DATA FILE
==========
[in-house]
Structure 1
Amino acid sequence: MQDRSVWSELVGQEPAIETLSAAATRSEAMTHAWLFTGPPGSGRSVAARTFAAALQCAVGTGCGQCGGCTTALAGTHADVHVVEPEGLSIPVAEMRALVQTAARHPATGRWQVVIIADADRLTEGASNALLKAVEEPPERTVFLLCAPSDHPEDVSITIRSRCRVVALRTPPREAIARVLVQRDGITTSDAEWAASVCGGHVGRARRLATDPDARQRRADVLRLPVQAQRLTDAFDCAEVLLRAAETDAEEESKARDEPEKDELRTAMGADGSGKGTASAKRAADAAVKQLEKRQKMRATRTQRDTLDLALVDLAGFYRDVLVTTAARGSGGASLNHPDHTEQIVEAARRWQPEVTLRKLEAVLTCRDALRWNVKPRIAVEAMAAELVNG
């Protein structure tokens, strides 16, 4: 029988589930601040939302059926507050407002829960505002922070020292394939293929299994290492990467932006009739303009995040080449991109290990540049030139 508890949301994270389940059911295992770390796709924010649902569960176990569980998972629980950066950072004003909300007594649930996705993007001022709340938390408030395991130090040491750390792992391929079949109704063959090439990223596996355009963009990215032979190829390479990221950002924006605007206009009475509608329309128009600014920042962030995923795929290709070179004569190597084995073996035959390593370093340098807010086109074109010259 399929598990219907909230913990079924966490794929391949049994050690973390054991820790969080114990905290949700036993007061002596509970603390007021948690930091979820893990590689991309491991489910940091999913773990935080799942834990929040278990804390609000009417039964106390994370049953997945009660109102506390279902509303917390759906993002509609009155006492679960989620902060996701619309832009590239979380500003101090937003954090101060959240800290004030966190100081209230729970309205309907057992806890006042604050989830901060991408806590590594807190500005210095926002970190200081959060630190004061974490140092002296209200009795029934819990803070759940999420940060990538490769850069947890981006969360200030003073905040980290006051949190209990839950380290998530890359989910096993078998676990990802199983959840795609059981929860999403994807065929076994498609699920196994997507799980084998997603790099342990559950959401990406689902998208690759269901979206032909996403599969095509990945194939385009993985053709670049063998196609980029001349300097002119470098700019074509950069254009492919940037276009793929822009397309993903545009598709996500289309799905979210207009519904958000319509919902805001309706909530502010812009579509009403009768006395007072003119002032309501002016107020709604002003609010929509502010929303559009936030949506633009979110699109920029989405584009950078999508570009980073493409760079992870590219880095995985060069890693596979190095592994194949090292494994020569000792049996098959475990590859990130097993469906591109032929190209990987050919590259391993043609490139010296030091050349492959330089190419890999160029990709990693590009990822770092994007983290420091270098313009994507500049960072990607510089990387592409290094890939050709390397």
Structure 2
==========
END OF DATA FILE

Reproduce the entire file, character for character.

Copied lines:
[in-house]
Structure 1
Amino acid sequence: MQDRSVWSELVGQEPAIETLSAAATRSEAMTHAWLFTGPPGSGRSVAARTFAAALQCAVGTGCGQCGGCTTALAGTHADVHVVEPEGLSIPVAEMRALVQTAARHPATGRWQVVIIADADRLTEGASNALLKAVEEPPERTVFLLCAPSDHPEDVSITIRSRCRVVALRTPPREAIARVLVQRDGITTSDAEWAASVCGGHVGRARRLATDPDARQRRADVLRLPVQAQRLTDAFDCAEVLLRAAETDAEEESKARDEPEKDELRTAMGADGSGKGTASAKRAADAAVKQLEKRQKMRATRTQRDTLDLALVDLAGFYRDVLVTTAARGSGGASLNHPDHTEQIVEAARRWQPEVTLRKLEAVLTCRDALRWNVKPRIAVEAMAAELVNG
């Protein structure tokens, strides 16, 4: 029988589930601040939302059926507050407002829960505002922070020292394939293929299994290492990467932006009739303009995040080449991109290990540049030139 508890949301994270389940059911295992770390796709924010649902569960176990569980998972629980950066950072004003909300007594649930996705993007001022709340938390408030395991130090040491750390792992391929079949109704063959090439990223596996355009963009990215032979190829390479990221950002924006605007206009009475509608329309128009600014920042962030995923795929290709070179004569190597084995073996035959390593370093340098807010086109074109010259 399929598990219907909230913990079924966490794929391949049994050690973390054991820790969080114990905290949700036993007061002596509970603390007021948690930091979820893990590689991309491991489910940091999913773990935080799942834990929040278990804390609000009417039964106390994370049953997945009660109102506390279902509303917390759906993002509609009155006492679960989620902060996701619309832009590239979380500003101090937003954090101060959240800290004030966190100081209230729970309205309907057992806890006042604050989830901060991408806590590594807190500005210095926002970190200081959060630190004061974490140092002296209200009795029934819990803070759940999420940060990538490769850069947890981006969360200030003073905040980290006051949190209990839950380290998530890359989910096993078998676990990802199983959840795609059981929860999403994807065929076994498609699920196994997507799980084998997603790099342990559950959401990406689902998208690759269901979206032909996403599969095509990945194939385009993985053709670049063998196609980029001349300097002119470098700019074509950069254009492919940037276009793929822009397309993903545009598709996500289309799905979210207009519904958000319509919902805001309706909530502010812009579509009403009768006395007072003119002032309501002016107020709604002003609010929509502010929303559009936030949506633009979110699109920029989405584009950078999508570009980073493409760079992870590219880095995985060069890693596979190095592994194949090292494994020569000792049996098959475990590859990130097993469906591109032929190209990987050919590259391993043609490139010296030091050349492959330089190419890999160029990709990693590009990822770092994007983290420091270098313009994507500049960072990607510089990387592409290094890939050709390397």
Structure 2